Devil's urn mushroom

Most of the mushrooms we found were just pretty, like this Devil's Urn. Some weren't even pretty --- drab and dried fruiting bodies from last year. And then there were the medicinal/edibles, about which I took extensive notes.

Dryad's Saddle

I'll start with the Dryad's Saddle, which I'd seen many times before. But I'd never understood that the young ones are such choice edibles, identified both by their unique visuals and also by their even more unique cucumber scent. Chop up any that are tender into thin slices then saute for about ten minutes until well cooked,and I suspect you'll find them as complexly delicious as Mark and I did.

Wood ear mushroom

The Wood Ear is used widely in Asian cooking, so I might have actually eaten this one before without knowing it. It's a jelly-like fungus, growing on live wood. I haven't cooked my sample yet --- tomorrow's experiment!

Deadly Galerina

Do not, however, nibble on these Deadly Galerinas. Their orange-tan color is relatively distinctive and they grow in a similar habitat to the edible Honey Mushrooms. If in doubt, throw it out!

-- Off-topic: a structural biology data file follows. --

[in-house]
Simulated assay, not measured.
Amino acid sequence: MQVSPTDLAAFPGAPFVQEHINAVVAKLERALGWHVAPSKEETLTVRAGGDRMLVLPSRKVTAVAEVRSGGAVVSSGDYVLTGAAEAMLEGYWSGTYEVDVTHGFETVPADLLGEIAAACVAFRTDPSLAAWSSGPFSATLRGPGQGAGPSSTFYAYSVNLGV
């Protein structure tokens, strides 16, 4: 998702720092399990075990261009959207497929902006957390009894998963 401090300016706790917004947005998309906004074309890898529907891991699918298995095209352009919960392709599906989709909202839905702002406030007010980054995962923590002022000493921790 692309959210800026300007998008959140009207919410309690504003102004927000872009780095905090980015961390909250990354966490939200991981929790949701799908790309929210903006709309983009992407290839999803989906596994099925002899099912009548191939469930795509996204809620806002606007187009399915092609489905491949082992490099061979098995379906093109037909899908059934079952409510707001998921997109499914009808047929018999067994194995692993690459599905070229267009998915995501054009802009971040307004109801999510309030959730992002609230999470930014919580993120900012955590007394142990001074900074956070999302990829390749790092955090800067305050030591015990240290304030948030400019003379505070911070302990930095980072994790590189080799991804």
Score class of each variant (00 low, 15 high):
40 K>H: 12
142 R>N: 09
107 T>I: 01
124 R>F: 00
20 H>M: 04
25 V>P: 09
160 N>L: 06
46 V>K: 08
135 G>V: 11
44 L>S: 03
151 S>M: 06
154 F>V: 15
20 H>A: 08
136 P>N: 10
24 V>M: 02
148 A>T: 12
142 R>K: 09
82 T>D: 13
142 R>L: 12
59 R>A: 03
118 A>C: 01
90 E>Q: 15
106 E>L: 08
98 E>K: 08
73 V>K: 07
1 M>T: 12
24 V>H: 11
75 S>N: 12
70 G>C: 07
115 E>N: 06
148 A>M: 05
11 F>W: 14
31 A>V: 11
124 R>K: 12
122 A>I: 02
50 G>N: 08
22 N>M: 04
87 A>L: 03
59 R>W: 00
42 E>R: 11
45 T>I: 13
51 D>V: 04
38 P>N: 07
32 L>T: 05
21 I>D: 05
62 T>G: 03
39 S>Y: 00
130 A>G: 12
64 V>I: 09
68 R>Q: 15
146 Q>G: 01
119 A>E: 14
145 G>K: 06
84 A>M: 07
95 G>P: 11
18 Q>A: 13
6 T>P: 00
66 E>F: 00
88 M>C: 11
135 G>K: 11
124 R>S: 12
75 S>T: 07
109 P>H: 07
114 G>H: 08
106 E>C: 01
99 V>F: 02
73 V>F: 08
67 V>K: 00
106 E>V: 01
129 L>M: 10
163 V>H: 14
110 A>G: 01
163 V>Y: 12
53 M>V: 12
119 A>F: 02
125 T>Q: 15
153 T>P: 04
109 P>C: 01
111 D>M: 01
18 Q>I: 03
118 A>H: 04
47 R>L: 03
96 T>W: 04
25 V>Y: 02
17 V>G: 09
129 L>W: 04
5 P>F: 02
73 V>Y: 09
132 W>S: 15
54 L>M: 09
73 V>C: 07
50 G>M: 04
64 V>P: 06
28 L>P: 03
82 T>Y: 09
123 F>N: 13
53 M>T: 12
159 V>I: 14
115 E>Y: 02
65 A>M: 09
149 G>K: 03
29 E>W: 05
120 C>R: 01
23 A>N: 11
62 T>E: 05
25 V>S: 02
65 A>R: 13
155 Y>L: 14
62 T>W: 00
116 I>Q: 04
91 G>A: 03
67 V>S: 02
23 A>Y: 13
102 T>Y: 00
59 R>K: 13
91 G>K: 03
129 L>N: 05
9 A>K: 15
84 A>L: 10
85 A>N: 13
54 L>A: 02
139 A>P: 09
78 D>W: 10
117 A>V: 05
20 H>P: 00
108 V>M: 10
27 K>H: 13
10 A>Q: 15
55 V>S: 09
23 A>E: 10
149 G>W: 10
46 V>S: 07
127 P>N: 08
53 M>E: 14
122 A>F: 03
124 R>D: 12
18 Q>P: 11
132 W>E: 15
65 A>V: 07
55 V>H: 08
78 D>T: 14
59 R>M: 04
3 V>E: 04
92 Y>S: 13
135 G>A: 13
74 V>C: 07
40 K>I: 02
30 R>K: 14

True and false turkeytails

Moving on to medicinals, I enjoyed a side-by-side comparison of False and True Turkeytails, finally wrapping my head around the differences. True Turkeytails are polypores, fuzzy on top and rough on the bottom. False Turkeytails are parchment mushrooms, smooth on both sides. These images are last year's fruits, so both species have faded a lot. But I now feel confident I could pick the True and not the False.

Mushroom identification

The image above is just a small sampling of our haul, shown in all its glory. Martha from the Ohio Mushroom Society rattled off scientific names so fast most went in one ear and out the other. But I joined up and will look forward to learning more during our next foray!

Slug and toadshade

I can't resist ending with at least one of the many stunning wildflowers that graced this trail. Go outside --- it's the most beautiful time of the year!

Posted Mon Apr 15 13:42:45 2019 Tags:

Bug-Free Organic GardeningIt's time to admit it --- I've been holding out on you! I have a new book coming out on April 2...or do I?